`

When your everyday stroll takes its toll, try these walking paths

July 6, 2018

explore_trails_simple.jpg

Once there was a magazine called “Walking.”

No kidding. Every month, it would feature stories about, well, walking.

That magazine folded in 2001, which shouldn’t have come as a surprise to anyone. Walking is an activity that doesn’t really require extensive thought, commentary or dissection. There’s not a whole lot you really need to learn about the activity. In fact, most people learn to do it before they can read magazines.

While the “how” might be easy, though, the “where” can be a little trickier.

Walk the same route too often—even if it’s a terrific path such as the Monon Trail, the Indianapolis Cultural Trail or Canal Walk—and it can get boring. That boredom can easily translate into less frequent outings. And, the next thing you know, you’re spending what used to be walking time doing other things—such as watching other people get exercise while they play sports on TV.

But there are options—many of them here in central Indiana—if you are interested in adding variety to your ambulatory activities. Unlike hikes, these aren’t rugged or particularly adventurous. Instead, these are low-impact spots where you can comfortably set your own pace.

100 Acres Art & Nature Park. The part of the Indianapolis Museum of Art—excuse me, Newfields—that’s still free for a free-form walk. But if you recall taking a loop around the 35-acre lake, be aware that the path is temporary closed due to erosion. Instead, you can still explore the paths leading to the Visitors Pavilion and connecting to the Central Canal Trail.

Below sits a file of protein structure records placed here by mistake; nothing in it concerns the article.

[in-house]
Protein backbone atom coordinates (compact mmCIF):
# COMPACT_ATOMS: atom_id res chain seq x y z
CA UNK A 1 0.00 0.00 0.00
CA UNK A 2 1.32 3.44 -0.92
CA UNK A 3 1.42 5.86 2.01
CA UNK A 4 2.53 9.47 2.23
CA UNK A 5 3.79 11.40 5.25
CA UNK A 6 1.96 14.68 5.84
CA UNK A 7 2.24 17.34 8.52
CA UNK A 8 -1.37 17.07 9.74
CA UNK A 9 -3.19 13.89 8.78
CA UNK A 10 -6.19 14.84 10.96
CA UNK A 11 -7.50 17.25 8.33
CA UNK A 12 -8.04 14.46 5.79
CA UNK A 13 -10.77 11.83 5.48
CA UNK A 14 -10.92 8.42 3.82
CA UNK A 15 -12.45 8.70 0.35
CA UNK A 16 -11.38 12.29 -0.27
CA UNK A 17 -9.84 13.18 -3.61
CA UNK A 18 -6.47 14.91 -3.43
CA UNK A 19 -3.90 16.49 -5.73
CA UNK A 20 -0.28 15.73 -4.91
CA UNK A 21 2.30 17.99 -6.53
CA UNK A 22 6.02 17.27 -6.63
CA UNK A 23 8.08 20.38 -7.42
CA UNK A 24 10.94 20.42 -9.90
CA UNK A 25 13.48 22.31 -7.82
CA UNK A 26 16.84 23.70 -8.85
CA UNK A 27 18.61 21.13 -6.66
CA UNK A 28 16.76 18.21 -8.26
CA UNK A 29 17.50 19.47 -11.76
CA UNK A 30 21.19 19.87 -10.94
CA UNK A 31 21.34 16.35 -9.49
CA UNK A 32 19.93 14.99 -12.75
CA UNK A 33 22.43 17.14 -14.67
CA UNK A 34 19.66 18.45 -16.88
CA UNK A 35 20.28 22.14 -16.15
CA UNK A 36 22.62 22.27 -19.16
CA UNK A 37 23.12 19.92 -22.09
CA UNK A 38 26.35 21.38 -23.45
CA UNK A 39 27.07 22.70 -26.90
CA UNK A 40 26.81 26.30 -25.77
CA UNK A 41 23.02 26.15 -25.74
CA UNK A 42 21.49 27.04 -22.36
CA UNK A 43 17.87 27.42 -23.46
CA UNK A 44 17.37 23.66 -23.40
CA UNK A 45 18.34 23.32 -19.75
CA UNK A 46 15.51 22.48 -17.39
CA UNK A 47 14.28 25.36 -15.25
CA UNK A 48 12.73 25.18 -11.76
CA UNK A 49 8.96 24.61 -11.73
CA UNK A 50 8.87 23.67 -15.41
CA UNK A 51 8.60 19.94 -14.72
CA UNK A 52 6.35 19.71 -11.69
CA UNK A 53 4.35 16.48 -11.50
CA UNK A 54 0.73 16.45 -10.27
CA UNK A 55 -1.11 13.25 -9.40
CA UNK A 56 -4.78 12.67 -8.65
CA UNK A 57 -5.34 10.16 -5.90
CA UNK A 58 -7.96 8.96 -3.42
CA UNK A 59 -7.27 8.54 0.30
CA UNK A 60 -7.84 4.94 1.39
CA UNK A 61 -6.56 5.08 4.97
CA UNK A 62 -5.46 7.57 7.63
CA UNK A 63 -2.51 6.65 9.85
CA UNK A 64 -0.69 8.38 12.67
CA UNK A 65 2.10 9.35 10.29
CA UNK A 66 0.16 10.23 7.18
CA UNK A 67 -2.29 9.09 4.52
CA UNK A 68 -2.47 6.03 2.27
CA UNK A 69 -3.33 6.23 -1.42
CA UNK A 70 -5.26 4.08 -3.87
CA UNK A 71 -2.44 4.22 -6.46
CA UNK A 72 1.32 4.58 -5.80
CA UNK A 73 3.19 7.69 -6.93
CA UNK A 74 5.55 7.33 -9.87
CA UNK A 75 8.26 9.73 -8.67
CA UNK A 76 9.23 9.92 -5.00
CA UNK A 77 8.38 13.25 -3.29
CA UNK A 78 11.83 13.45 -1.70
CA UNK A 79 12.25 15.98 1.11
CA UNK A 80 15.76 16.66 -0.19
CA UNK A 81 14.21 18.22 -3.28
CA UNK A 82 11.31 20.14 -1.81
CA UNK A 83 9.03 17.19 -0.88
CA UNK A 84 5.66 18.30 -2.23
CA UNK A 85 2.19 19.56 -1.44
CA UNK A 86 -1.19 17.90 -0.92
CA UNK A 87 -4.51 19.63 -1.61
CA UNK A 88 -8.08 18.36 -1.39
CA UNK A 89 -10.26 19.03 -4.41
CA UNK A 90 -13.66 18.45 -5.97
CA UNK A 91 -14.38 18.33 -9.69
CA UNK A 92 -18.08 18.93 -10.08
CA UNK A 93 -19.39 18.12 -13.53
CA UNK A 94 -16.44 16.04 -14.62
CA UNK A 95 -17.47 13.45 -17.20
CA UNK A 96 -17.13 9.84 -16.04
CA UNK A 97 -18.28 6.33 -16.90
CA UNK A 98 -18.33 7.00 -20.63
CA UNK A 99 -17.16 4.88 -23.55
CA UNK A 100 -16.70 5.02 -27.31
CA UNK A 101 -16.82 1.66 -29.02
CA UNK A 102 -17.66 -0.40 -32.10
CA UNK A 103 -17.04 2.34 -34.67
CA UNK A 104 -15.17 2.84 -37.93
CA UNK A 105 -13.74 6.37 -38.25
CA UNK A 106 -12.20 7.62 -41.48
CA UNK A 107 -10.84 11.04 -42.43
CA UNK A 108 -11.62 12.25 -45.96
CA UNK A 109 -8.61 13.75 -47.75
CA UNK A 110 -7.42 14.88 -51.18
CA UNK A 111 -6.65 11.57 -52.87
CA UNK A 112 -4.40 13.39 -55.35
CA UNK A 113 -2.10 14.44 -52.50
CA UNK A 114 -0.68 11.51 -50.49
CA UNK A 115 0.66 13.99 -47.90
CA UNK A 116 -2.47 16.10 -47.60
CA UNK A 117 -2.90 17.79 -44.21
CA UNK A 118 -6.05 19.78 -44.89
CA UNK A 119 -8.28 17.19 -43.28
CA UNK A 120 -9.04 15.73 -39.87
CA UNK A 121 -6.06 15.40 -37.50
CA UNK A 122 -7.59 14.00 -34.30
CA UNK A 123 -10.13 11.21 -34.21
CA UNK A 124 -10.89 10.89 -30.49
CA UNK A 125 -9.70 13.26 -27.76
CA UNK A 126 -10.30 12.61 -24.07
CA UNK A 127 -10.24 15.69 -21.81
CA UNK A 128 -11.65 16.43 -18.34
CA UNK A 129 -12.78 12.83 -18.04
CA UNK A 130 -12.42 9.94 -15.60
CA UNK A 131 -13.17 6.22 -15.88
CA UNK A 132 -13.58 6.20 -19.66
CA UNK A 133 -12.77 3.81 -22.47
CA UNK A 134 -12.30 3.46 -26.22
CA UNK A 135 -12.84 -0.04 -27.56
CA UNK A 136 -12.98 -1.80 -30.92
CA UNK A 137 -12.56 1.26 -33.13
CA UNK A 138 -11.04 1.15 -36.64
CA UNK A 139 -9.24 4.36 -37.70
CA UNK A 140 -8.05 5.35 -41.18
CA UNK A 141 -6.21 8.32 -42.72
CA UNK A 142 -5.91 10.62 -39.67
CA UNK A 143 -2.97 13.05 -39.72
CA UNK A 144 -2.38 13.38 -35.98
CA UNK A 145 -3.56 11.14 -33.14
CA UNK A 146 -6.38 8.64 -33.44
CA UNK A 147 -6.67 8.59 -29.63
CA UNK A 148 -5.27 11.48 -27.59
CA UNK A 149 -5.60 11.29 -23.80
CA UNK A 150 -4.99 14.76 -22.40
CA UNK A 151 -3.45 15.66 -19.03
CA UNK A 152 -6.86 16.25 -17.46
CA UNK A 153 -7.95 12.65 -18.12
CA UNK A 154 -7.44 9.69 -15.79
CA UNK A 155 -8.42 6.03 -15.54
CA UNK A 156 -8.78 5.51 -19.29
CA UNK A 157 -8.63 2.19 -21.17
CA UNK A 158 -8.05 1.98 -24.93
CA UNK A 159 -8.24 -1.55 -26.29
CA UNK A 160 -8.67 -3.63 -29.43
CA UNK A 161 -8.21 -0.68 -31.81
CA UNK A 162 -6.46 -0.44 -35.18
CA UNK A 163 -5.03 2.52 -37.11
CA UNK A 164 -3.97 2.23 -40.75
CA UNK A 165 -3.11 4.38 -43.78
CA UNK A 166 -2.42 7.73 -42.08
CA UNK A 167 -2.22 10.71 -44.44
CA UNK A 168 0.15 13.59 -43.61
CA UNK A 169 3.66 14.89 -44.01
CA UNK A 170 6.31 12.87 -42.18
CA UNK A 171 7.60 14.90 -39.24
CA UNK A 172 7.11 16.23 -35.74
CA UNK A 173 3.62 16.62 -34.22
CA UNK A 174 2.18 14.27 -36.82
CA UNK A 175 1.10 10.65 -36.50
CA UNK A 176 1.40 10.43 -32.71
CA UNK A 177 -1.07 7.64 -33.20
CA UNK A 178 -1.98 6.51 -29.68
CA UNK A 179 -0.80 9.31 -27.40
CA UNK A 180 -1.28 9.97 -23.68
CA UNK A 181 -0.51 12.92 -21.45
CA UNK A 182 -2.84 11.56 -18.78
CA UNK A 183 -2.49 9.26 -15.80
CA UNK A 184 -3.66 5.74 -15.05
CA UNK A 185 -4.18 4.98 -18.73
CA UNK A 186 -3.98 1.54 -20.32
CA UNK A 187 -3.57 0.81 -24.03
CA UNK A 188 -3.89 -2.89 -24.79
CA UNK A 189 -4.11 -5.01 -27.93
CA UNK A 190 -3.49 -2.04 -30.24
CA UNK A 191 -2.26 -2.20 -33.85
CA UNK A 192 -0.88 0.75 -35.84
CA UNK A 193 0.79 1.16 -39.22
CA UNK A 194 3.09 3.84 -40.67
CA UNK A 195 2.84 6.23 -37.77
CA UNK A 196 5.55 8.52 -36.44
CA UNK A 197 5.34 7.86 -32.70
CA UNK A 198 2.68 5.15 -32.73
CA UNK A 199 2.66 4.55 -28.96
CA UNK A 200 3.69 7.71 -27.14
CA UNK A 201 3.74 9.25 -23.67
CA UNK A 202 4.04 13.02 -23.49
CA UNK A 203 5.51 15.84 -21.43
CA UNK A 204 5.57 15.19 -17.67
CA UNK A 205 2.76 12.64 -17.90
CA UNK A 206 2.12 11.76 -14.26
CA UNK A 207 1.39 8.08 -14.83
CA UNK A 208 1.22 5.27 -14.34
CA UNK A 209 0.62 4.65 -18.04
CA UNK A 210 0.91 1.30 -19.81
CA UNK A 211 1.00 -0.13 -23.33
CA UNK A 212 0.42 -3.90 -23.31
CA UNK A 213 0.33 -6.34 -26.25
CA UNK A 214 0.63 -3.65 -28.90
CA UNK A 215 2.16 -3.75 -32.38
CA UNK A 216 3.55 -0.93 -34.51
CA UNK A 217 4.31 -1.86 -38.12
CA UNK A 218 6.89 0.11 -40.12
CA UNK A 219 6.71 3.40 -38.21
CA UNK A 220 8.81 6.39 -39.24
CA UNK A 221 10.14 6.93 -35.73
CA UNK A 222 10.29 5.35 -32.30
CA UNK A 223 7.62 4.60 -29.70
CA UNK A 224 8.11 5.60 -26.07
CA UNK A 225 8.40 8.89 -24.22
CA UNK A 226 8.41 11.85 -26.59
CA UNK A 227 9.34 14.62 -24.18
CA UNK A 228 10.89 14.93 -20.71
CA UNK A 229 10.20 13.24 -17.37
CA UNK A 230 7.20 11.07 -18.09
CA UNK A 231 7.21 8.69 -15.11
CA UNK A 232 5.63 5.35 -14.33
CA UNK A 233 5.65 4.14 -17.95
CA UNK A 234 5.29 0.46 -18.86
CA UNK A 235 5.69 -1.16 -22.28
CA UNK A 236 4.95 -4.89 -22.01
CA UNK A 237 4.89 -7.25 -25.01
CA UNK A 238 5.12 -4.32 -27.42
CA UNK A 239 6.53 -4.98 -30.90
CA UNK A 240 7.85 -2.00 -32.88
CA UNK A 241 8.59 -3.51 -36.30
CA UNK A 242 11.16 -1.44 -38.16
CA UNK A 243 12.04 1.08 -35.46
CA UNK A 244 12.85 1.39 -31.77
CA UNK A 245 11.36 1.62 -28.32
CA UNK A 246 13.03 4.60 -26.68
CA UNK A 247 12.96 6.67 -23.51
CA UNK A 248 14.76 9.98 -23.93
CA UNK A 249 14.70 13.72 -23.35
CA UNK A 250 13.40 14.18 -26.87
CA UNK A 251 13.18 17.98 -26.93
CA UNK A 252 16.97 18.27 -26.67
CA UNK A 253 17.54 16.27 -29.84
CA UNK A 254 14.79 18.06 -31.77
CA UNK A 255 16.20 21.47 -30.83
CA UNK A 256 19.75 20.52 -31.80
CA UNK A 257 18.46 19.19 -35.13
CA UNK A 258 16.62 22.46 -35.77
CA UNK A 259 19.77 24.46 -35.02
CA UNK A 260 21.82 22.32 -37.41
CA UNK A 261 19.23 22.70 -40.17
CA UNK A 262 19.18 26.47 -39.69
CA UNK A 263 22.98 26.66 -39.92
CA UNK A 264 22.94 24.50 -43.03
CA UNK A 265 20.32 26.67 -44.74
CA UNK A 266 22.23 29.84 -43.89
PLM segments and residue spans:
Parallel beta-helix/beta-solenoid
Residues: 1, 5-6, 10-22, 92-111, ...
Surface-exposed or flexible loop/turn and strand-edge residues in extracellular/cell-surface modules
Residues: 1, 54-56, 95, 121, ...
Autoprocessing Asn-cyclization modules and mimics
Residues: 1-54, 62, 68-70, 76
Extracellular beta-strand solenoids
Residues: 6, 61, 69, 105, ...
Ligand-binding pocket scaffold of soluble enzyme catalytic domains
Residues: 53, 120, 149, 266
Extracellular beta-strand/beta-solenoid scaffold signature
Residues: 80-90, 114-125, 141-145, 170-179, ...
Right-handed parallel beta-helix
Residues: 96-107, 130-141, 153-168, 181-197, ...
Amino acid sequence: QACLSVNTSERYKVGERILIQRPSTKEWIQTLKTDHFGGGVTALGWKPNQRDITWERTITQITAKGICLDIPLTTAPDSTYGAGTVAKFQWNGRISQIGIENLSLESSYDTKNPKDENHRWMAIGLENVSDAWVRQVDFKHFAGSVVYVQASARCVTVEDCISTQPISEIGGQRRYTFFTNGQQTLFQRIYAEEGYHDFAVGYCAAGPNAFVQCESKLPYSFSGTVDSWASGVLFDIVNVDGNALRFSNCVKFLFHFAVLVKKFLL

Fort Harrison State Park. The 1,700 acres that used to house an Army base now is home to bikers, walkers, rollerbladers and more. The easiest of the trails is the 3.2-mile Harrison Trace Trail, which begins at the Delaware Lake picnic area and follows a mildly hilly path above Fall Creek. Should this one prove too simple, there are plenty of other options for your next trek.

Pleasant Run Trail. Just under seven miles, this trail offers a where’s where of south-side Indianapolis parks, including Garfield, Christian and Ellenberger in its route. Primarily running along Pleasant Run Creek, the trail is a mix of bucolic surroundings and city sidewalks. Want to add another two miles to your route? Just include any of those three parks’ loop trails.

Tracy Trail/Play Pocket Trail. Connecting Summerfield Park to Craig Park in Greenwood, the 1-1/2-mile Tracy Trail can be, depending on the time of day, populated largely by students from nearby Greenwood Community High School. From Craig Park, you can connect to Play Pocket Trail, which is dotted with four themed playgrounds—including a fun firefighter-themed one behind its end point at Fire Station 91 (the station helped pay for the park, FYI).

trail vandalia The Vandalia Trail, above, covers 16 miles in Hendricks and Putnam counties. The easiest of the trails at Fort Harrison State Park, top, is the 3.2-mile Harrison Trace Trail. (IBJ photos/Eric Learned)

Vandalia Trail. Covering 16 miles of Hendricks and Putnam counties, this rail-trail in large part covers what used to be the path of the Pennsylvania Railroad. Warning: The trail is really two disconnected pieces, one about 12 miles and running from Greencastle to Amo, and the other four miles, making its way through parks and suburban areas. On either stretch, you might spy horses on a parallel bridle path. If you find yourself passing over an old iron bridge, you’ve made a wrong turn onto the White Lick Creek Trail, which intersects the Vandalia at Plainfield’s Franklin Park.

White River Wapahani Trail. Connecting the Central Canal Towpath with downtown’s Canal Walk, this asphalt-paved trail passes Riverside Park and both Riverside and Coffin golf courses. In 2013, the trail was extended south from the Indianapolis Zoo’s White River Gardens, passing under six bridges before ending on West Raymond Street. Total distance: a daunting 27 miles (and, don’t forget, you’ll have to get back to your car).•

ADVERTISEMENT

Recent Articles by Lou Harry

Comments powered by Disqus